I have stood up, with every one of the 300 odd people in the dark theatre, tears streaming down the face of every single one of our faces happy to have witnessed something so magical, clapping endlessly as the directors, unsure about their film before this premiere moment, had often found it unable to contain themselves as well. How do you put a brand value to this?
In the protective, sheltered spaces created by the festival, I have met and talked to budding filmmakers who will become the next Satyajit Ray, Billy Wilder, Steven Spielberg, Raj Kapoor or those who one day will charge way over Rs. 5 crore to direct a 500 crore blockbuster, talked to actors who as stars one day will take Rs 5 crore simply as a signing amount (and demand money to even visit the MFF as many Bollywood 'stars' have done in the past), filmmakers who inspired by something they had seen at MFF will make a 100 plus crore blockbuster themselves? How do you plot these into a profit-loss sheet?
Besides, consider what Rs. 5 crore is worth in Mumbai today? It is worth one song in a blockbuster film. It is worth less than half the money spent in hundreds of marriages in the city every year. It is the money given to a film star to cut a ribbon for a big showroom. It is the money given to a star to dance at a marriage by a father who wants to give his princess daughter a fairy-tale marriage.
Rs 5 crore is less than the money earned per episode by a TV comedian on a dumb comedy show, or a film star on a dumber TV reality show, an older star on a quiz show or by a good-intentioned star on a hard-hitting show on social reality of the nation. It is the budget of hundreds of 10 second commercials made every year in the city, 10 seconds that will earn them tens of hundreds of crores.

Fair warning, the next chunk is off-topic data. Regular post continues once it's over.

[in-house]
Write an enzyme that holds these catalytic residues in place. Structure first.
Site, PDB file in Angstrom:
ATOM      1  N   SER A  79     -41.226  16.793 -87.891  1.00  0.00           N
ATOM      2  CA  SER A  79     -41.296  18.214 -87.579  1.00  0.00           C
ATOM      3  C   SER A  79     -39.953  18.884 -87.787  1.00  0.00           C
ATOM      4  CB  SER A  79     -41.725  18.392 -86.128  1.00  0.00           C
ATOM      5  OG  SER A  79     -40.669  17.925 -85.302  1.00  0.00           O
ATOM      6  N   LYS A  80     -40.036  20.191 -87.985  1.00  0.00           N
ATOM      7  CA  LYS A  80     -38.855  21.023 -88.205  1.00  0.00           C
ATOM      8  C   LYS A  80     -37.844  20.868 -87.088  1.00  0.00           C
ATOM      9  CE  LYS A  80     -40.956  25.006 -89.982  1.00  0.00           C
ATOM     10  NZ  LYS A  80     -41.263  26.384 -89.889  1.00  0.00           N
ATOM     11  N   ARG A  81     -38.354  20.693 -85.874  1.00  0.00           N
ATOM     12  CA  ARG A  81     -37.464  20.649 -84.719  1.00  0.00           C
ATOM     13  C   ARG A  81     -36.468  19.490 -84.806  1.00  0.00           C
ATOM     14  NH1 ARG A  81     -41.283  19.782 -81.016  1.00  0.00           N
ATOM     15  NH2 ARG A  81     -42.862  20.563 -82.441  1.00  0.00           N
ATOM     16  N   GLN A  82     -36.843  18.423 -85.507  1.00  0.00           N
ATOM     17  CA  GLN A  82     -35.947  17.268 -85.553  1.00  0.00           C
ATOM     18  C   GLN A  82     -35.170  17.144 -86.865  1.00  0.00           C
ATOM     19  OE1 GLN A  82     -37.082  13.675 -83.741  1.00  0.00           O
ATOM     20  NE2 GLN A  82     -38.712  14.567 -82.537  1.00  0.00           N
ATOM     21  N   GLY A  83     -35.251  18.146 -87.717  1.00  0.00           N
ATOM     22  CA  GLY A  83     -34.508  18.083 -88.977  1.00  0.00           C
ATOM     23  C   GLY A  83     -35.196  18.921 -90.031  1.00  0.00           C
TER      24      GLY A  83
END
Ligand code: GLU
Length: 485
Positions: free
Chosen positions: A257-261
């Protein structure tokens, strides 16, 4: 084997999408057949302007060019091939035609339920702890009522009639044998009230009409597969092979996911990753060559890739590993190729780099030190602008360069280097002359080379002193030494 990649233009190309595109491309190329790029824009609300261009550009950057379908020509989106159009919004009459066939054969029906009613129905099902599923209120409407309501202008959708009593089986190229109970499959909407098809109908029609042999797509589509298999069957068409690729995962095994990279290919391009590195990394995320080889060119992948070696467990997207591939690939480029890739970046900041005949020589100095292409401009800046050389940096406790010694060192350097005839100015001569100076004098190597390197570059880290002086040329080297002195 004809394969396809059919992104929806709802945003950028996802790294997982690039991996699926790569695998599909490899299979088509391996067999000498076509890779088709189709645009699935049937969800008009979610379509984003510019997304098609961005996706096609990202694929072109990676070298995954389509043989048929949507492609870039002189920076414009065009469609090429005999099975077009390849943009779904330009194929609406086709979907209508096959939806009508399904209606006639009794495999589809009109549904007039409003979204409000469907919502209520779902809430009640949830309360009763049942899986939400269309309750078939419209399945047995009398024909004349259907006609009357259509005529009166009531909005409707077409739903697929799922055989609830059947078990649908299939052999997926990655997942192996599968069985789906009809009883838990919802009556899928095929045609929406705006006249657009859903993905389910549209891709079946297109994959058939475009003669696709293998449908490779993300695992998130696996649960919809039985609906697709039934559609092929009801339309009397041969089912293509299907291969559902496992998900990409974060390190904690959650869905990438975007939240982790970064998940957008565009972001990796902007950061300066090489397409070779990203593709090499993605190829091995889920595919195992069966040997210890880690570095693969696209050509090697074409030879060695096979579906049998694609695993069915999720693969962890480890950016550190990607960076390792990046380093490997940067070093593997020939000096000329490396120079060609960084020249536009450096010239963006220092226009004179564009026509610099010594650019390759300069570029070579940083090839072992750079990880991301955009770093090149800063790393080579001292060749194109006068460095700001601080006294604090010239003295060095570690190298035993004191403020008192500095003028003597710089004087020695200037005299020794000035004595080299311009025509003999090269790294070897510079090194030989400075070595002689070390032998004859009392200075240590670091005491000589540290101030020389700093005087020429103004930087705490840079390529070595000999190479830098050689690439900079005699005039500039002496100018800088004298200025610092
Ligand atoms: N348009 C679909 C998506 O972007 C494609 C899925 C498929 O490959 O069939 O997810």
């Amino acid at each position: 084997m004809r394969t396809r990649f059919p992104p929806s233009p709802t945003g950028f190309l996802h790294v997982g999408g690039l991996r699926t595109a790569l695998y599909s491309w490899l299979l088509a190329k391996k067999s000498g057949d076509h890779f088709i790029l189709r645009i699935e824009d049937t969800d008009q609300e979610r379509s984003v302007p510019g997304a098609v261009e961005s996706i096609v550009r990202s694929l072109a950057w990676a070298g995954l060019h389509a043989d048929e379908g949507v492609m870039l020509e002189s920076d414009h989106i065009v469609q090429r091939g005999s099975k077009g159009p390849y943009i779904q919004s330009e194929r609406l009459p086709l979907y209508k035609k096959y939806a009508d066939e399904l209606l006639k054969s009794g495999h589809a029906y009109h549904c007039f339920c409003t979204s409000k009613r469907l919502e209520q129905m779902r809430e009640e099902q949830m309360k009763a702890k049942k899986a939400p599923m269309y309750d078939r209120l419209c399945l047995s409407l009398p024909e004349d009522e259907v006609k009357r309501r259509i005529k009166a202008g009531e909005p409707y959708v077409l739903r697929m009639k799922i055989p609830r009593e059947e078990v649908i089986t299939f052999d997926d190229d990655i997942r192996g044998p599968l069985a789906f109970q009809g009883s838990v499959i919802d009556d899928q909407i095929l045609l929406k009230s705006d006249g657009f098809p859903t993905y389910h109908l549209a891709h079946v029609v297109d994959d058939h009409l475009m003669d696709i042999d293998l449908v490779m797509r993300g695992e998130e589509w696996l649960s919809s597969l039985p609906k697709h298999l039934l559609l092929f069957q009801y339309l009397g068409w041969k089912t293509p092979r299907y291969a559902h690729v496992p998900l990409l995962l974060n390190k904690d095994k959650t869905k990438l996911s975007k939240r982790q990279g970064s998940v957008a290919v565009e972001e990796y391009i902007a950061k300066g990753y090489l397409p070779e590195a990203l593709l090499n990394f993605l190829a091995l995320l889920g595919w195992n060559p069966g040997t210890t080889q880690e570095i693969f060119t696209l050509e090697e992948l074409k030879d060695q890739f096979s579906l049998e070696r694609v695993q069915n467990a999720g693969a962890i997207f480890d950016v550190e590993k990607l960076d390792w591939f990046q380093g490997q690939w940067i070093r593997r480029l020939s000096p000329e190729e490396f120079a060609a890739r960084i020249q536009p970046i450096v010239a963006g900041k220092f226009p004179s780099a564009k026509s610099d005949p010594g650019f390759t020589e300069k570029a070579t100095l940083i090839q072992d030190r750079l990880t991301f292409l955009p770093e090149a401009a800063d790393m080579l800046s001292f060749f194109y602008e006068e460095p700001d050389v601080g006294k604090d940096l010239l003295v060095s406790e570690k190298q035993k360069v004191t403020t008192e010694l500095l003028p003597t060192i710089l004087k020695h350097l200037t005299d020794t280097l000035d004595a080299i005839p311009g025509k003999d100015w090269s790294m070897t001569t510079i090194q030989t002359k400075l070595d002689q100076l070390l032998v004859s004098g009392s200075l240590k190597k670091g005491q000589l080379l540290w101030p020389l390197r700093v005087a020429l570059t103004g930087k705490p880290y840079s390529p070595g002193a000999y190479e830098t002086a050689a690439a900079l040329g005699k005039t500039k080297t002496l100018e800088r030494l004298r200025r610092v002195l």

Rs 5 crore is less than the cost of the premiere, or success party thrown for their latest Hollywood hit by the 'reliable' conglomerate who pulled their benign rug from under the feet of the festival. It is less than the money spent by big corporate houses on exclusive parties, international weekend getaways for their top management. It is the money spent by a producer or director on advertising and PR to show off to the world that he now belongs to the exclusive 100 plus crore blockbuster club. It is the cost of one car brought by dozens of rich Mumbaikars every month, cars they will promptly discard in a few months for something more expensive.
Rs 5 crore is a lot of money, yes. Yet, Rs. 5 crore is not so much money either.
All you custodians of money with brand consciousness and PR skills, your sham CSRs and blind PR activities, your money rotting and stinking in Swiss banks, you who understand the price of everything but the value of nothing, you who equate everything to profit and loss who try to draw the map of the human heart over balance sheets… how can anyone show you what a film festival means to the life and breath of a metropolis you yourself reside in.